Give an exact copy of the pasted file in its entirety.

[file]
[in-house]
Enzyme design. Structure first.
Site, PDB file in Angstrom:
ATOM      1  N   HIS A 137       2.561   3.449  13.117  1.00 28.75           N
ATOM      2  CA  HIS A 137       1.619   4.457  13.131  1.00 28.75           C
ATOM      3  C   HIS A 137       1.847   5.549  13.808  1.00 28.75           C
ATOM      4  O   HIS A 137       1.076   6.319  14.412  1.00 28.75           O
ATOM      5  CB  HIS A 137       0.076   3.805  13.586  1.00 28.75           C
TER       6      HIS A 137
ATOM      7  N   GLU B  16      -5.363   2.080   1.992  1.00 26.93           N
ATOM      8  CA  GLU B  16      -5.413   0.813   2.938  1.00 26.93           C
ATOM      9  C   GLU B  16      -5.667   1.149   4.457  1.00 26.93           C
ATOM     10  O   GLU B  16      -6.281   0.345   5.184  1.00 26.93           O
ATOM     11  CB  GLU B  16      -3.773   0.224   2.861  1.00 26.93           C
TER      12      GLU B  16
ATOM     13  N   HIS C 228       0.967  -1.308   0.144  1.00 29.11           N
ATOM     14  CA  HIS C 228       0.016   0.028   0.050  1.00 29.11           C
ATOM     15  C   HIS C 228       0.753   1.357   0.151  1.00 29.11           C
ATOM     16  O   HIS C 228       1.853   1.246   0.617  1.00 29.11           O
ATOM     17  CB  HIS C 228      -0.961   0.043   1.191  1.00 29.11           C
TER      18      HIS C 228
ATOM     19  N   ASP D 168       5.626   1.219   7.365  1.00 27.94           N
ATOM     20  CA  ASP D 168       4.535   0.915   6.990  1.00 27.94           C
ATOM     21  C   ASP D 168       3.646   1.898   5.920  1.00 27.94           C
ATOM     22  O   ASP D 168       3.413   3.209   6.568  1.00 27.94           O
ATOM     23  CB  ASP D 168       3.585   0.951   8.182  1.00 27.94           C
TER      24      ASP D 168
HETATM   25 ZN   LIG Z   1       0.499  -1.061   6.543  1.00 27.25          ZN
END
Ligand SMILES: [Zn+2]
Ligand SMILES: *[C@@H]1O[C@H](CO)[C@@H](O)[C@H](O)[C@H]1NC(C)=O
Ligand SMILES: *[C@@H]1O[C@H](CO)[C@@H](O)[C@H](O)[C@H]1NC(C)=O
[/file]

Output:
[in-house]
Enzyme design. Structure first.
Site, PDB file in Angstrom:
ATOM      1  N   HIS A 137       2.561   3.449  13.117  1.00 28.75           N
ATOM      2  CA  HIS A 137       1.619   4.457  13.131  1.00 28.75           C
ATOM      3  C   HIS A 137       1.847   5.549  13.808  1.00 28.75           C
ATOM      4  O   HIS A 137       1.076   6.319  14.412  1.00 28.75           O
ATOM      5  CB  HIS A 137       0.076   3.805  13.586  1.00 28.75           C
TER       6      HIS A 137
ATOM      7  N   GLU B  16      -5.363   2.080   1.992  1.00 26.93           N
ATOM      8  CA  GLU B  16      -5.413   0.813   2.938  1.00 26.93           C
ATOM      9  C   GLU B  16      -5.667   1.149   4.457  1.00 26.93           C
ATOM     10  O   GLU B  16      -6.281   0.345   5.184  1.00 26.93           O
ATOM     11  CB  GLU B  16      -3.773   0.224   2.861  1.00 26.93           C
TER      12      GLU B  16
ATOM     13  N   HIS C 228       0.967  -1.308   0.144  1.00 29.11           N
ATOM     14  CA  HIS C 228       0.016   0.028   0.050  1.00 29.11           C
ATOM     15  C   HIS C 228       0.753   1.357   0.151  1.00 29.11           C
ATOM     16  O   HIS C 228       1.853   1.246   0.617  1.00 29.11           O
ATOM     17  CB  HIS C 228      -0.961   0.043   1.191  1.00 29.11           C
TER      18      HIS C 228
ATOM     19  N   ASP D 168       5.626   1.219   7.365  1.00 27.94           N
ATOM     20  CA  ASP D 168       4.535   0.915   6.990  1.00 27.94           C
ATOM     21  C   ASP D 168       3.646   1.898   5.920  1.00 27.94           C
ATOM     22  O   ASP D 168       3.413   3.209   6.568  1.00 27.94           O
ATOM     23  CB  ASP D 168       3.585   0.951   8.182  1.00 27.94           C
TER      24      ASP D 168
HETATM   25 ZN   LIG Z   1       0.499  -1.061   6.543  1.00 27.25          ZN
END
Ligand SMILES: [Zn+2]
Ligand SMILES: *[C@@H]1O[C@H](CO)[C@@H](O)[C@H](O)[C@H]1NC(C)=O
Ligand SMILES: *[C@@H]1O[C@H](CO)[C@@H](O)[C@H](O)[C@H]1NC(C)=O